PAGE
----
I think we often overlook the importance of friendship. When my EDS symptoms got worse, I had several “break-ups”. I still care about those people and we still keep in touch, but it cleared up any mixed signals on my end. Even though I lost that sense of close friendship wish some, I gained a closer relationship with some unexpected friends during that time. I’m usually surprised by who ends up being a covenant friend and who doesn’t.

    • Tanya 23rd February, 2015 at 7:11 pm #

      Hi Kristy – lovely to see you here! Yes – chronic illness can have a clarifying effect on friendships, I’ve found… And you’re right – it is often surprising which ones prove to be those who stand by you and love you well. It’s a good reminder that it’s not just our choices and preferences of friendships, circumstances can intervene too.

  7. Sipech 28th January, 2015 at 12:57 pm #

    I’ve not thought quite on those terms before. I tend to observe groups (or cliques) and one can try to be a core part of that group or be at the fringes. I guess being at the core is the covenantal variety and being at the fringe is the bus friend. Being a covenantal brings with it an element of exclusivity – where your example of marriage is the extremis.

    Because it’s hard to determine current friendships, one can only reasonably look back. Sorry to say, but I am definitely a bus friend. I exist on the outskirts of various friendship groups. The only covenant friendships I have are those with family, though even they can piss me off when they invite their friends over to family gatherings; that’s an invasion into a clique where the barrier to entry ought to be marriage.

    It would be interesting to consider this in terms of depression. If time is needed alone and someone is unempathetic to this, then the natural response is, as you put it, breaking friends. Such a thing is harder to do if you are at the core of a group than at the edges.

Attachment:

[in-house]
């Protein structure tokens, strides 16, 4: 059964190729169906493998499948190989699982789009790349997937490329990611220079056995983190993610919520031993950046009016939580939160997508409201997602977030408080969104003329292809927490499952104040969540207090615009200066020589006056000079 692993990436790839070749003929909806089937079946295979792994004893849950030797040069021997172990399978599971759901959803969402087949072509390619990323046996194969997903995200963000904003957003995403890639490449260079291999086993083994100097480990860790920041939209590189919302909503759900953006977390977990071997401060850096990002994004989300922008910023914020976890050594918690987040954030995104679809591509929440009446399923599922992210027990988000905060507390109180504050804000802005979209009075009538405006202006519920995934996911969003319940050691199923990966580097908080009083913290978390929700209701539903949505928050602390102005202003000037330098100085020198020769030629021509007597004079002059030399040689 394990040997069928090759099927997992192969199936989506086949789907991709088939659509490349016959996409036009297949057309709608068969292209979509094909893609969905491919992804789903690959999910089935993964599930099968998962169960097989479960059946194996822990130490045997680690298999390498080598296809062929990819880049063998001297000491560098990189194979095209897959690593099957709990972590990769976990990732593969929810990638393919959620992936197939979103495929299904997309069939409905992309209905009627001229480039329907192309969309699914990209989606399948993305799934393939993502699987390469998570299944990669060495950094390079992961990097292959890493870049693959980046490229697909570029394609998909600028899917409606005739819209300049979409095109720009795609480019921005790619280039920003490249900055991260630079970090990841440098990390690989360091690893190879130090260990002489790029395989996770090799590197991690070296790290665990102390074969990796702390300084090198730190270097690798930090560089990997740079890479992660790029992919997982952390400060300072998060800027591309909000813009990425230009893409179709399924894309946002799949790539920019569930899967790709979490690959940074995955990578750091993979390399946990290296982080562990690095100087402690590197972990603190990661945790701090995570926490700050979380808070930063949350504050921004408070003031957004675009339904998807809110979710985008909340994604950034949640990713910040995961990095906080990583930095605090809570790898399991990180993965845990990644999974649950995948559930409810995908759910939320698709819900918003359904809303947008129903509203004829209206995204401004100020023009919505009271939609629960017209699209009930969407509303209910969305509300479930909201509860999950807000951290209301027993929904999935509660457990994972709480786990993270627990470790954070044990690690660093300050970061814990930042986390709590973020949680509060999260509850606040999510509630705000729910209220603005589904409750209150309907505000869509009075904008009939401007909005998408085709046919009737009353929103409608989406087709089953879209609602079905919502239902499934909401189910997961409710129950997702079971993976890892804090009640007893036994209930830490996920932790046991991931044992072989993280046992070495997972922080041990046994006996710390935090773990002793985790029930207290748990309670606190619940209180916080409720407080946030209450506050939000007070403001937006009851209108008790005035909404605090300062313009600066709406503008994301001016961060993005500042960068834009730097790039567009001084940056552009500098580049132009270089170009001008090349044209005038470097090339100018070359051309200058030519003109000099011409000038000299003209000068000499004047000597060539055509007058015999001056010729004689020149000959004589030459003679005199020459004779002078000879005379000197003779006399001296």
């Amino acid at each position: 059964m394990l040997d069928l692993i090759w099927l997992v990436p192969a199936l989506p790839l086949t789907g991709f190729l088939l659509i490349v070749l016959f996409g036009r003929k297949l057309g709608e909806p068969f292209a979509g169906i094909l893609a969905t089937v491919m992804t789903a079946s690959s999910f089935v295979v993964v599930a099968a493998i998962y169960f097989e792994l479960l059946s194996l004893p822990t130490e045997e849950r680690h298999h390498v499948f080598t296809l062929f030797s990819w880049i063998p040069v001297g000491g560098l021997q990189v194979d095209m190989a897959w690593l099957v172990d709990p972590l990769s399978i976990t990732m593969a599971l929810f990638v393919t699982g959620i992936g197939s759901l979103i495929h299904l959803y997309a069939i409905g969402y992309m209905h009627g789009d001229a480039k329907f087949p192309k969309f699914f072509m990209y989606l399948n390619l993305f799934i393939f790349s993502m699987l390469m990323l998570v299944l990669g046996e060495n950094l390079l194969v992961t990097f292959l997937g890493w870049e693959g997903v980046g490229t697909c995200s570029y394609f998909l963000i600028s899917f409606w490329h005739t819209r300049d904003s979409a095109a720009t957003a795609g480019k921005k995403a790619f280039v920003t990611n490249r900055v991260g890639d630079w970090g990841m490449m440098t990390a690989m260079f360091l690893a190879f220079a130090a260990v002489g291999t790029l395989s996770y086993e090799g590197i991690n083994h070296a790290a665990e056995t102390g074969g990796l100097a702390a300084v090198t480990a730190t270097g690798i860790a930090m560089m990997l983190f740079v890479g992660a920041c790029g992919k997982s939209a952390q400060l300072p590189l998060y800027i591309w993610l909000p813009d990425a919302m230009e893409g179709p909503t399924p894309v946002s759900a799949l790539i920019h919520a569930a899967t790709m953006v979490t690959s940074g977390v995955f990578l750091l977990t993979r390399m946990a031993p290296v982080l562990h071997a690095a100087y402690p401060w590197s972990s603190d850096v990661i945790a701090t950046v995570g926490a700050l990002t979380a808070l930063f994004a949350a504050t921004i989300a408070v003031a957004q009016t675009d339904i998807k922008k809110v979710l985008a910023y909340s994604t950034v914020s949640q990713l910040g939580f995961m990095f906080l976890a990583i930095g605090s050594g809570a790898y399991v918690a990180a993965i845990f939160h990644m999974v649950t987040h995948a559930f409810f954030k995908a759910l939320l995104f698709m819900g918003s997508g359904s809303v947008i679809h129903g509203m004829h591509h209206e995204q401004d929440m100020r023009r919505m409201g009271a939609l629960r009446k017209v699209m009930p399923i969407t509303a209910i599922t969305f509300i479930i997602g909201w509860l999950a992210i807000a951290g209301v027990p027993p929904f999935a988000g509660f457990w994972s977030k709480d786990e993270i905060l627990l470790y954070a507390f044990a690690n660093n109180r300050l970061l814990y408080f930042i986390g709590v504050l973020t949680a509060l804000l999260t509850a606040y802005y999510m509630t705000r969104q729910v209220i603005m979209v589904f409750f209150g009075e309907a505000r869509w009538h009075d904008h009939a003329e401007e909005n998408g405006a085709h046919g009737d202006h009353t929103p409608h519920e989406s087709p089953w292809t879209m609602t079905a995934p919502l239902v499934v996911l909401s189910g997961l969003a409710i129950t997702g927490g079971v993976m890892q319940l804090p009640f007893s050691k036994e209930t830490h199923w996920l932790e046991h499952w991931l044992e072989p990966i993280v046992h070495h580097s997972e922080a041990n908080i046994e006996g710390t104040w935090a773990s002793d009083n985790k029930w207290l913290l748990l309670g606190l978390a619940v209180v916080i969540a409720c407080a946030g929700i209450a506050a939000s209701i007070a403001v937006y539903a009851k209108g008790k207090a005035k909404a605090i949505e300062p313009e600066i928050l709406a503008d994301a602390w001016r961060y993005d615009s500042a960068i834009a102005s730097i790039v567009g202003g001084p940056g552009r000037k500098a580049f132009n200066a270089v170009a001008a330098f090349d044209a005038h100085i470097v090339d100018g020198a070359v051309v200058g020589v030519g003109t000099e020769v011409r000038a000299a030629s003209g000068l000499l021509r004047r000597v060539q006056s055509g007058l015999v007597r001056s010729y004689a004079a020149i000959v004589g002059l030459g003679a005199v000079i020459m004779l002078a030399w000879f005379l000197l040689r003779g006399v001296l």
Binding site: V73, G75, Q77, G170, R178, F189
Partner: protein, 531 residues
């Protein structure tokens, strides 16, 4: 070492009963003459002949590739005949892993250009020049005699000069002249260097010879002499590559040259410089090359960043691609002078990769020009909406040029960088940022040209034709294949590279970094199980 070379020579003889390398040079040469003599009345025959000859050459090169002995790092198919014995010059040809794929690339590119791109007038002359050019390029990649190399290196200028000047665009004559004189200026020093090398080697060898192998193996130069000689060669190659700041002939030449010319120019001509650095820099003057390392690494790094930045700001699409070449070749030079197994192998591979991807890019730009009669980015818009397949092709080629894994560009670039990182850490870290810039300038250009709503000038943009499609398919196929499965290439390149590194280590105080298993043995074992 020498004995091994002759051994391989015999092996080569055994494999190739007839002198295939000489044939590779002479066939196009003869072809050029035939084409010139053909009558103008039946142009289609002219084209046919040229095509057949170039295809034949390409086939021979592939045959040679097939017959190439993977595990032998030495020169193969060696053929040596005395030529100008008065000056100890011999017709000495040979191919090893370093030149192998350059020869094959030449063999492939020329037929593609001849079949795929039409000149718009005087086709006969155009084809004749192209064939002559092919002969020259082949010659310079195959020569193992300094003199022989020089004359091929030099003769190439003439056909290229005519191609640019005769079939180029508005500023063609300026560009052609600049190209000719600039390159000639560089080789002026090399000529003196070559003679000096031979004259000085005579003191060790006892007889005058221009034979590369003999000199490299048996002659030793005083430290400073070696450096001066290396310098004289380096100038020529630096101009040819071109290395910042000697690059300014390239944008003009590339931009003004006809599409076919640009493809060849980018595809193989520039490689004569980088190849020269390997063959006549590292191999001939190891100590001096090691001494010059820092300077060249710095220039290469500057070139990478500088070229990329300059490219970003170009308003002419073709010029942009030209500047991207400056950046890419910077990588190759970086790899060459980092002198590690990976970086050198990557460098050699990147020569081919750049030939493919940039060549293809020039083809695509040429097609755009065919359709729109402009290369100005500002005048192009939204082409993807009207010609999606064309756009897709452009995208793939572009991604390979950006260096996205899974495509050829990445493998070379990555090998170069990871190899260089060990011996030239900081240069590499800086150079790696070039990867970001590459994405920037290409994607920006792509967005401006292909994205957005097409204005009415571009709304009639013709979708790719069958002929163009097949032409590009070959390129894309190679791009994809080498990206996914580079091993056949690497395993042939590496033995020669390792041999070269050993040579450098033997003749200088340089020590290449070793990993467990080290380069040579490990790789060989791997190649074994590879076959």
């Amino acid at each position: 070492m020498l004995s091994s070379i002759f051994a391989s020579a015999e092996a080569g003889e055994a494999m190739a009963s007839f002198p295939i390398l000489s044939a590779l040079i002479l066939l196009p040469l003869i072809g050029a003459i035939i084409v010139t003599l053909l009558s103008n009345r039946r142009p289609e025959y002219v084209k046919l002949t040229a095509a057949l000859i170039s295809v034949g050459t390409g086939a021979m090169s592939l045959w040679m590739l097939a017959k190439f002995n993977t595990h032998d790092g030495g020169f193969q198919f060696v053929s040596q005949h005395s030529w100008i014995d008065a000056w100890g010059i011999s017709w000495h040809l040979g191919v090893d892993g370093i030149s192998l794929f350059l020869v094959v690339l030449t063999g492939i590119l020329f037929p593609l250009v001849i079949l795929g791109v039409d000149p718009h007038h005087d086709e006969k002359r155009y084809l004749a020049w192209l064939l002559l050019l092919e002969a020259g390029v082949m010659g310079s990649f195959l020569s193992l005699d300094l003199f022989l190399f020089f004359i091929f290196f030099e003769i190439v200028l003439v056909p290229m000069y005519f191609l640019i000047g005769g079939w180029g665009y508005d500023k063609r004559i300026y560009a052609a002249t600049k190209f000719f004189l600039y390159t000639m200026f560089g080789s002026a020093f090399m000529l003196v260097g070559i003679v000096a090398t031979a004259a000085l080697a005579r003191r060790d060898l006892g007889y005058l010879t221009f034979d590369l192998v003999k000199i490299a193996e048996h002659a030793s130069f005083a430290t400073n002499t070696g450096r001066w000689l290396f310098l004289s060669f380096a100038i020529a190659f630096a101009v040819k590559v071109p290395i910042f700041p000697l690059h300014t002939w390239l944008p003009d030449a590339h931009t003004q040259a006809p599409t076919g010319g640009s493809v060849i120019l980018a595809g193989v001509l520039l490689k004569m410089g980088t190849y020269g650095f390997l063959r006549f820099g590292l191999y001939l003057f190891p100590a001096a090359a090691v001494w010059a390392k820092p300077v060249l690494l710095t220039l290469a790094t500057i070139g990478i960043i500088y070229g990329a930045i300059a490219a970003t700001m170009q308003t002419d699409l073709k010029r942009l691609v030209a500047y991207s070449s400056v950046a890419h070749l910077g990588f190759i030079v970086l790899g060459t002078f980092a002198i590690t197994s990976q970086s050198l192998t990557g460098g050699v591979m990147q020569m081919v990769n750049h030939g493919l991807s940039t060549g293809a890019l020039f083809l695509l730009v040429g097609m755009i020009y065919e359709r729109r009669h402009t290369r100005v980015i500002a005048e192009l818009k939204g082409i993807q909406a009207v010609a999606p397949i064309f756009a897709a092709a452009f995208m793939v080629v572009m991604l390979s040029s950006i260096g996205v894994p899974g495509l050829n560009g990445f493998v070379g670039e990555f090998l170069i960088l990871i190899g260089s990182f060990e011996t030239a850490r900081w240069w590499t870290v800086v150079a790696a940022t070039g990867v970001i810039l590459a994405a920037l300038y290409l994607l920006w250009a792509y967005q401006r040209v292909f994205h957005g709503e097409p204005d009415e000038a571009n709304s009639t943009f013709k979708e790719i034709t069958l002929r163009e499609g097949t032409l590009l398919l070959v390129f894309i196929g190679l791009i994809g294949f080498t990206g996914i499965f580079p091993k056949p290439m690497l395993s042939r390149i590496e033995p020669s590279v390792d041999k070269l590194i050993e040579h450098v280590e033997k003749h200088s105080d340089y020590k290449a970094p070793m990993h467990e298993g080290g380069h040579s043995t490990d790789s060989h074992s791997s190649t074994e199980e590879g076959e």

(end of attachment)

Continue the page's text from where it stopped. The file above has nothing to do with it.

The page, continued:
• Tanya 23rd February, 2015 at 7:16 pm #

      This is a really interesting perspective, as so many of my friendships are conducted one-to-one, not in cliques. (I guess I have a Gilmore Girls friendship thing rather than a Friends friendship arrangement??) I would imagine that it’s even harder for groups to have a long-lasting covenant friendship thing going on, as then you have to contend with everyone’s competing schedules. It’s also a good point to mention family as those relationships that we keep in touch with throughout our lives (though some families do this significantly better than others…) As regards needing to withdraw for time alone, I think it’s probably harder to do this in a group setting and maintain friends than with individuals. If you have an individual friend who knows you well and understands your need to withdraw, I would assume that would be easier.

  8. Ros 28th January, 2015 at 12:32 pm #

    Because I have moved so much, this has been abundantly clear to me over the years. When I move on, some friendships continue despite the distance and the changing circumstances, and some fade. And it’s not always the ones I would have expected. For me, it’s important to remember that the fading doesn’t mean that the friendship wasn’t real or valuable, just that it was only for a season. If I do run across those friends again, I am delighted to see them and catch up, but I know it’s unlikely to mean a new season of closeness. I don’t know exactly how or when you know you’ve made a forever-friend but it is a very special thing to be treasured.

    • Tanya 23rd February, 2015 at 7:18 pm #

      Thanks for this, Ros. It’s really interesting to me how many have made the point that it’s surprising who keeps in touch and who doesn’t. I haven’t moved much in my life, and I’m grateful in retrospect, because it allowed me the time to get to know people well. (I’m not sure I make a great first impression, so this is useful to me!)

Leave a Reply

Please send me my free ebook and updates